“I was taken, many of us were taken, by the terrorists. We were driven to the town of Zamaimaya and then had to walk 10 kilometres into the bush.


“All but the young girls were forced to marry a Boko Haram fighter. I refused to begin with, however after three days I realized I had no choice but to agree, because they said if we did not marry, we would be executed.


I was ordered to convert to Islam, which I did before the marriage.


“After I married, I was beaten a lot and given very little food. One time I spent seven days without food. Sometimes I was given dindiri or beans to eat. I suffered a lot from hunger. I hated being married to a Boko Haram fighter.


“The terrorists killed many people in front of us. We did not have the power to stop that happening.


We moved around the bush a lot, changing locations day by day. God saved me during these harsh times.


“One day, my daughter Hadiza who is 13-years old managed to escape. I have not seen her since. I pray every day that she is still alive. I do not know where my mother is. And then later soldiers came and chased away Boko Haram, and they helped me and my other daughter, Fatima, who is now 14 years old, to escape.


“She is with me in Minawao camp today.


“I have spent over a year in this camp and have been given food and clothes by my neighbours. I have not eaten chicken since I have been here. I sell groundnuts to make a little money. I need a mat, a pot and more clothes.


“I am suffering from heart disease and anxiety and cannot forget how I was separated from my parents and brothers and the killings I saw. I think about this every day.


“One way, I can relax is by listening to music to Hausa Fulani songs. I sometimes borrow my neighbour’s phone to listen. It makes me happy; it gives me piece of mind.”



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35,000 People Have Been Killed So Far in Nigeria By Boko Haram – UN




An estimated 35,000 persons have lost their lives in the ongoing Boko Haram insurgency in Adamawa, Borno, and Yobe States and other parts of Nigeria since the beginning of the conflict in 2009, the United Nations has said.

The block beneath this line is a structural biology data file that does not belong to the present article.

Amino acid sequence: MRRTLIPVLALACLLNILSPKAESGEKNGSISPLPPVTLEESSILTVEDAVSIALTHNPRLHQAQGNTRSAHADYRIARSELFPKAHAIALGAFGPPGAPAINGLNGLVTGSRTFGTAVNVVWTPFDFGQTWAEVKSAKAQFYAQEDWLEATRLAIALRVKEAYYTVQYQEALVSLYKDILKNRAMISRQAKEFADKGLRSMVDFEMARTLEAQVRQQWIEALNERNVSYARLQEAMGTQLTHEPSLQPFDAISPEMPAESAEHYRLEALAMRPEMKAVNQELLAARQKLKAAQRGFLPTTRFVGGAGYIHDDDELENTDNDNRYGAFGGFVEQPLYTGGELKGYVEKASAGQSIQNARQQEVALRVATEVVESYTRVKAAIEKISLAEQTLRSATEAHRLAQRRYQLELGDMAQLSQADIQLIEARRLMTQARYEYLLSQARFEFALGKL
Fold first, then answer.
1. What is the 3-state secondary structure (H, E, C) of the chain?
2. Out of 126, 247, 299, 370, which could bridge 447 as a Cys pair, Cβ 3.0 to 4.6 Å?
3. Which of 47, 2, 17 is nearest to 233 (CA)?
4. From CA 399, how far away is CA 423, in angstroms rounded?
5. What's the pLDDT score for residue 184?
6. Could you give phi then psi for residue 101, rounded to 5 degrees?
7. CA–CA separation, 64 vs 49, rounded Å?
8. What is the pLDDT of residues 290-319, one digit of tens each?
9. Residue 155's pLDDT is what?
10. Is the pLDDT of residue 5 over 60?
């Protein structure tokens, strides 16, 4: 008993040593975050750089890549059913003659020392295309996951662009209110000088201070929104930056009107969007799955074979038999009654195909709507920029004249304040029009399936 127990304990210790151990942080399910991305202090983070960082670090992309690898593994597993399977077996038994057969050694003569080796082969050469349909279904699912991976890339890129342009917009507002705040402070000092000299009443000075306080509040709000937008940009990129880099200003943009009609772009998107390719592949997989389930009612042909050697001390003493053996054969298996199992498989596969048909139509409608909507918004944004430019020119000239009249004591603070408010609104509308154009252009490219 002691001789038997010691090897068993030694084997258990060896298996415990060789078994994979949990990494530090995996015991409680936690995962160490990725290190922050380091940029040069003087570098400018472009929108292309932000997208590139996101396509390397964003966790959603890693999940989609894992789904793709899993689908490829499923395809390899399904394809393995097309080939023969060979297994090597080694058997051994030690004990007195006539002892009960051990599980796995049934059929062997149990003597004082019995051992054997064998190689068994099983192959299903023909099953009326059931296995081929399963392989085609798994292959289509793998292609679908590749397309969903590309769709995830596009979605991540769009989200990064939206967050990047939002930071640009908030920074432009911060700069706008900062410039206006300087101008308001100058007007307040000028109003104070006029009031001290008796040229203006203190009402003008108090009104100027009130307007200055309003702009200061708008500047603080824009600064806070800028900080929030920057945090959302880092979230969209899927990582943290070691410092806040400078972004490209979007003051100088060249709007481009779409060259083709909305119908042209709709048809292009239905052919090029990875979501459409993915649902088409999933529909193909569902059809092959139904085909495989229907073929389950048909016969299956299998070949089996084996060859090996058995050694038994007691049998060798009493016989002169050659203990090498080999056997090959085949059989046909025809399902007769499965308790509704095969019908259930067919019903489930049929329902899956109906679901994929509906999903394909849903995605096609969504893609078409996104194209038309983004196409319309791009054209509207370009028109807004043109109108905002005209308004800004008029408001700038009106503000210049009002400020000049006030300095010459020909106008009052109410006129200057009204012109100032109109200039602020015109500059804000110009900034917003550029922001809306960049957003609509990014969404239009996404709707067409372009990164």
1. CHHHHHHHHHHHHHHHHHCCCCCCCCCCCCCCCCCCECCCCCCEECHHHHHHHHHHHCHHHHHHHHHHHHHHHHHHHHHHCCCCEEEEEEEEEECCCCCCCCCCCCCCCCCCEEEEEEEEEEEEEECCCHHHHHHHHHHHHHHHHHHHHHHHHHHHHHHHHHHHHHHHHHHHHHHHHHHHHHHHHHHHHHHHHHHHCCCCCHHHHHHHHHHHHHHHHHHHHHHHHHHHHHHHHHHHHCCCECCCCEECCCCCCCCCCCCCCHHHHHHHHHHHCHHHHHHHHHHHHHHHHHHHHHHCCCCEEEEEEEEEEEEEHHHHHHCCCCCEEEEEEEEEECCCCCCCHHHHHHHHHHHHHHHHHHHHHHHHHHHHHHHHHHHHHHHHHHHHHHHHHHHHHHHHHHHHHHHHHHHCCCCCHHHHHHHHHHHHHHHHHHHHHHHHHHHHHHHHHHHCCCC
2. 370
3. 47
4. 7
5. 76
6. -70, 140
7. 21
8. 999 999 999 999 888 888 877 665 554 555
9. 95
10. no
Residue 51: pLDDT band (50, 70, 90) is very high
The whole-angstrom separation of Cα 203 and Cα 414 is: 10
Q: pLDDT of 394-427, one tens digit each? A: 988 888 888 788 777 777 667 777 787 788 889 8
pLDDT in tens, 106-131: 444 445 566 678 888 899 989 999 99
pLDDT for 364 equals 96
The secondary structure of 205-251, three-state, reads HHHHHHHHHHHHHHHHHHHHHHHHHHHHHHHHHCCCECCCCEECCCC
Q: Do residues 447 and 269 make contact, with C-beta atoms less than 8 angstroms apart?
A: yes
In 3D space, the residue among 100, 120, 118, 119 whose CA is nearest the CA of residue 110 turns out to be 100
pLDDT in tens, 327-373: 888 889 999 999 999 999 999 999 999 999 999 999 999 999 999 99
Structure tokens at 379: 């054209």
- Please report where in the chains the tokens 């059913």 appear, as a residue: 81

“These are 35,000 too many deaths,” it said in a statement.


The agency also said 37 aid workers lost their lives in the course of their duties in the region.


This was disclosed in a statement sent to PREMIUM TIMES on Saturday by the United Nations Office for the Coordination of Humanitarian Affairs (OCHA) in commemoration of its humanitarian day.


“In total, 37 aid workers have lost their lives in service of humanity since the beginning of the conflict. We are here together to honour them and their grieving families, relatives, and children surviving them.


“As I stand before you today, my thoughts also go to the families of our colleagues who are still being held captive by armed groups. The UN and its humanitarian partners call for their immediate release and return to safety.


“My heart also goes out to the families of the thousands of civilians who have been similarly abducted and whose whereabouts are still unknown,” it said.


“Today, we are here together to remind the world that the humanitarian crisis hitting Borno, Adamawa and Yobe states is far from over.


“The less attention we pay to the crisis in the North-east, the more risks face our colleagues who are working in extremely volatile areas struck by violence and devastation.


“As respect for the laws of war weakens, aid workers are increasingly vulnerable, though they are more needed than ever before,” it added.



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I Was Freer In Nigeria Than In India – El-Zakzaky




Leader of the Islamic Movement in Nigeria (IMN), Ibrahim El-Zakzaky, has said that he enjoyed more freedom in Nigeria than in India.


El-Zakzaky and his wife, Zeenah, arrived in Nigeria on Friday after a botched medical treatment in India.


In a video made public on Saturday, the seemingly healthy-looking El-Zakzaky, during his trip to India, is seen talking with an unidentified Indian official.


“I have been about four years in prison now; a house fully furnished.


In fact, our next neighbour was the senate president; a large house. I was free to move about. Similarly, when they moved me to Kaduna I was in the best area government reserved area. It is a house fully furnished with large bedrooms and I was free,” he said.


“I have never been in detention with police there; in fact, the soldiers used to stay outside at the gate. That is what they have been doing. When we came here we were put in prison.


“I will definitely prefer another hospital. I was told that some Shi’ite Ulama came and said I should be allowed to be treated in India.”


The Federal Government once said it was spending N3.5 million monthly to feed El-Zakzaky and his family.


The IMN leader said he made the trip at his own expense, but that the Nigerian government told Indian authorities that they were “the ones bringing us.”


The Federal Government had said on Friday that El-Zakzaky’s repatriation became necessary after he attempted to seek asylum, Igbere TV reports.